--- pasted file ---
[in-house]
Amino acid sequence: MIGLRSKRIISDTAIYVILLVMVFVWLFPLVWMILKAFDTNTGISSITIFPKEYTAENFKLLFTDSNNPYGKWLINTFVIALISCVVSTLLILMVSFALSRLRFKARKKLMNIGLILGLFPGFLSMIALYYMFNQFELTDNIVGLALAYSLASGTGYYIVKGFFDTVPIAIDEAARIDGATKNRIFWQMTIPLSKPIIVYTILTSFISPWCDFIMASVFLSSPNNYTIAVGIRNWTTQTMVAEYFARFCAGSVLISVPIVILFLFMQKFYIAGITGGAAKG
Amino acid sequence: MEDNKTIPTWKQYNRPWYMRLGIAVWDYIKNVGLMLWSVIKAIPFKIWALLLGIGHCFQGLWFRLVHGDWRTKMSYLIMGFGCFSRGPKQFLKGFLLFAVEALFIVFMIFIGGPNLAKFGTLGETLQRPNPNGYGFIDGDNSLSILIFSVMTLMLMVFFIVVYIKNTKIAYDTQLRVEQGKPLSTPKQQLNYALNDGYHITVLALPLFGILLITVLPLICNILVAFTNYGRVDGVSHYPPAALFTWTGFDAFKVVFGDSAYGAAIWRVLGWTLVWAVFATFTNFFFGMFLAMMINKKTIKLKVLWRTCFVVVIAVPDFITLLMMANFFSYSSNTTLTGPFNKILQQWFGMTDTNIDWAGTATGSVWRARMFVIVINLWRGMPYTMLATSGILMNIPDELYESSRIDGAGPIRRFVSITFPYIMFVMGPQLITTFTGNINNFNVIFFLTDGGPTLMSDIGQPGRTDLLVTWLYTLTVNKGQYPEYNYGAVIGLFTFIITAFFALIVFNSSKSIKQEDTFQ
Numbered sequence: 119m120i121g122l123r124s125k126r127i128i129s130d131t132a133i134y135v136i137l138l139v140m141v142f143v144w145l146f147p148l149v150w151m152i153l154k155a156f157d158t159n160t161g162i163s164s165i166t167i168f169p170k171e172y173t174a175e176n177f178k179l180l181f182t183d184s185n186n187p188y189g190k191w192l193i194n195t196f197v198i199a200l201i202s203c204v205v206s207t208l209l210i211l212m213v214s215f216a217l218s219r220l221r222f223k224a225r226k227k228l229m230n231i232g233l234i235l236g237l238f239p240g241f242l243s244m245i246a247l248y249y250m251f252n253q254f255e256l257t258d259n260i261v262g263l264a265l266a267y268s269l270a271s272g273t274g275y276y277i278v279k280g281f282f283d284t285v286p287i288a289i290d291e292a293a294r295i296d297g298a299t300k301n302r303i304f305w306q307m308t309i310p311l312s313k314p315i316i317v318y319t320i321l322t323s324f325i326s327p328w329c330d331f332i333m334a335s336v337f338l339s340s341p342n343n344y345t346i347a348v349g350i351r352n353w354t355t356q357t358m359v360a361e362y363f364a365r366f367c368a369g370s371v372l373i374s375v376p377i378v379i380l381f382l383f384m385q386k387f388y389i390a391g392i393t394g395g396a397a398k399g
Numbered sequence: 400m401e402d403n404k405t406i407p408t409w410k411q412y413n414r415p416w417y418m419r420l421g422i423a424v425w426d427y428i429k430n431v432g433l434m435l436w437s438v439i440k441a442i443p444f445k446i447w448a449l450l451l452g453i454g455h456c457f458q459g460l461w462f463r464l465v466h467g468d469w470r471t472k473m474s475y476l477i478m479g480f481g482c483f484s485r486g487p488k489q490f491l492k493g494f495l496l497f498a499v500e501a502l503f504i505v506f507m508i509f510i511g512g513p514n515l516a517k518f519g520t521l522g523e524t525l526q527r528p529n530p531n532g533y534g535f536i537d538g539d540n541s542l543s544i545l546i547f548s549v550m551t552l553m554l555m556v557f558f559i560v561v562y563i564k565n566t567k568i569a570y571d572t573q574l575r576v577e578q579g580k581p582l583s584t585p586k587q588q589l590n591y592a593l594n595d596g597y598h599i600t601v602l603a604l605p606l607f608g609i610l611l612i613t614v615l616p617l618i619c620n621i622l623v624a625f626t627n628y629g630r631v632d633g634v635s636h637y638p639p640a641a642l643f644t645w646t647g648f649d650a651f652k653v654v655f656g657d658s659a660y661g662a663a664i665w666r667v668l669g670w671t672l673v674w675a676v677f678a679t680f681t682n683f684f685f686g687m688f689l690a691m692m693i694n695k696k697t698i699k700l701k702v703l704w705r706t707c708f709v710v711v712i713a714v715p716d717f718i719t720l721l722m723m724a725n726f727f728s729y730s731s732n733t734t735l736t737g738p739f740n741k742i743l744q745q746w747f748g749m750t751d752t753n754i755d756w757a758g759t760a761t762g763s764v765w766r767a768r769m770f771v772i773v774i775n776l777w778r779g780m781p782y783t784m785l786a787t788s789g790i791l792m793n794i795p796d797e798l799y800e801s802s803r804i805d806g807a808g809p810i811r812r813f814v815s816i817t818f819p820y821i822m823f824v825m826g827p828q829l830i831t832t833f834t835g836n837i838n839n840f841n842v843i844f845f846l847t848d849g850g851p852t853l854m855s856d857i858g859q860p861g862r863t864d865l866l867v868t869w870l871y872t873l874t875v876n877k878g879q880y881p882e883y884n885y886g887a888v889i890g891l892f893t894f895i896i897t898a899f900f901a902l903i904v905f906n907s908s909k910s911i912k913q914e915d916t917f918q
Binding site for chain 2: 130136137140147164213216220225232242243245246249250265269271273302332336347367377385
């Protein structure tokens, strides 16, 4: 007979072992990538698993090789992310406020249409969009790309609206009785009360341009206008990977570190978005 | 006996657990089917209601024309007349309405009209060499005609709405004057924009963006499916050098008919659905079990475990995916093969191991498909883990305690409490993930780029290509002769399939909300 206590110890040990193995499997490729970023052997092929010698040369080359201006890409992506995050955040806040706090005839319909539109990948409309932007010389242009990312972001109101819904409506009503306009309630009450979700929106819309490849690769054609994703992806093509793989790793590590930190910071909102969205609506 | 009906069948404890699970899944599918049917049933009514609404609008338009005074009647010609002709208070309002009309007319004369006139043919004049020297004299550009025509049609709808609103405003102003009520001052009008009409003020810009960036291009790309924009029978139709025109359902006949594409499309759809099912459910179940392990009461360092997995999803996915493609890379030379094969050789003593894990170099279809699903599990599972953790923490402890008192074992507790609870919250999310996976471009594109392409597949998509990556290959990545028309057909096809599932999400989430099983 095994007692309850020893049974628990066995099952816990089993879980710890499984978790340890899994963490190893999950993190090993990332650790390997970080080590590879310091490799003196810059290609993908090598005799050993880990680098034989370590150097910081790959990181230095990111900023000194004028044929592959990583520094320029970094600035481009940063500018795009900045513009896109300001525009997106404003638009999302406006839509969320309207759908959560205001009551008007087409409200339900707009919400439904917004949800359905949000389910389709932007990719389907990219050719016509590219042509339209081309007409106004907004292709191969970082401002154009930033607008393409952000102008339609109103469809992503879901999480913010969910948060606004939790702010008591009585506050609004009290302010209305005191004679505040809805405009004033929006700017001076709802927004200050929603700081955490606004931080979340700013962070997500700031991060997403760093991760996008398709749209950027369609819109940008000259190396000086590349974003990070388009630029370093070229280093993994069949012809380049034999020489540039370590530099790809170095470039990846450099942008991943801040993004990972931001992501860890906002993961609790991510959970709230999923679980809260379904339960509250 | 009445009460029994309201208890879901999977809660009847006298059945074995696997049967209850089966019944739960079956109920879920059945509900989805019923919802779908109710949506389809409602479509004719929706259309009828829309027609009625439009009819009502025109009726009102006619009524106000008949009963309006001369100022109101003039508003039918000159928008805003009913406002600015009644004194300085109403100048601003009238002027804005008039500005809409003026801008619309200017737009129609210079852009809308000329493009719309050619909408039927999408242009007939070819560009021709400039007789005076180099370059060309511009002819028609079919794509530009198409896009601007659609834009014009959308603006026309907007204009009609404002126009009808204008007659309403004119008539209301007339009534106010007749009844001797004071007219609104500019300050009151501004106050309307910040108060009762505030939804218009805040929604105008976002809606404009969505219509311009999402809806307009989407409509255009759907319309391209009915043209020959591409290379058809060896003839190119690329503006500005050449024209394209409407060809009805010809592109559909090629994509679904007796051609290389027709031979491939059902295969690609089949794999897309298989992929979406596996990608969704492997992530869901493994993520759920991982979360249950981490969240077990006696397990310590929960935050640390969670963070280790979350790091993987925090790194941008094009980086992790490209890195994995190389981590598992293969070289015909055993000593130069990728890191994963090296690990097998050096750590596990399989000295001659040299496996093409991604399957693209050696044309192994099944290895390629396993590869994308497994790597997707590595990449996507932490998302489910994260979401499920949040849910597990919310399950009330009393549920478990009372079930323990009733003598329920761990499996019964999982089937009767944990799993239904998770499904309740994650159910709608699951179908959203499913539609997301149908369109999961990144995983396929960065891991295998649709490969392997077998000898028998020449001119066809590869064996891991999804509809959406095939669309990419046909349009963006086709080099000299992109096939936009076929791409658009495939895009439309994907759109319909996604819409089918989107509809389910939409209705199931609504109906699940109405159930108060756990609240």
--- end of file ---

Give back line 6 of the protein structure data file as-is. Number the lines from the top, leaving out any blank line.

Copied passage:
Binding site for chain 2: 130136137140147164213216220225232242243245246249250265269271273302332336347367377385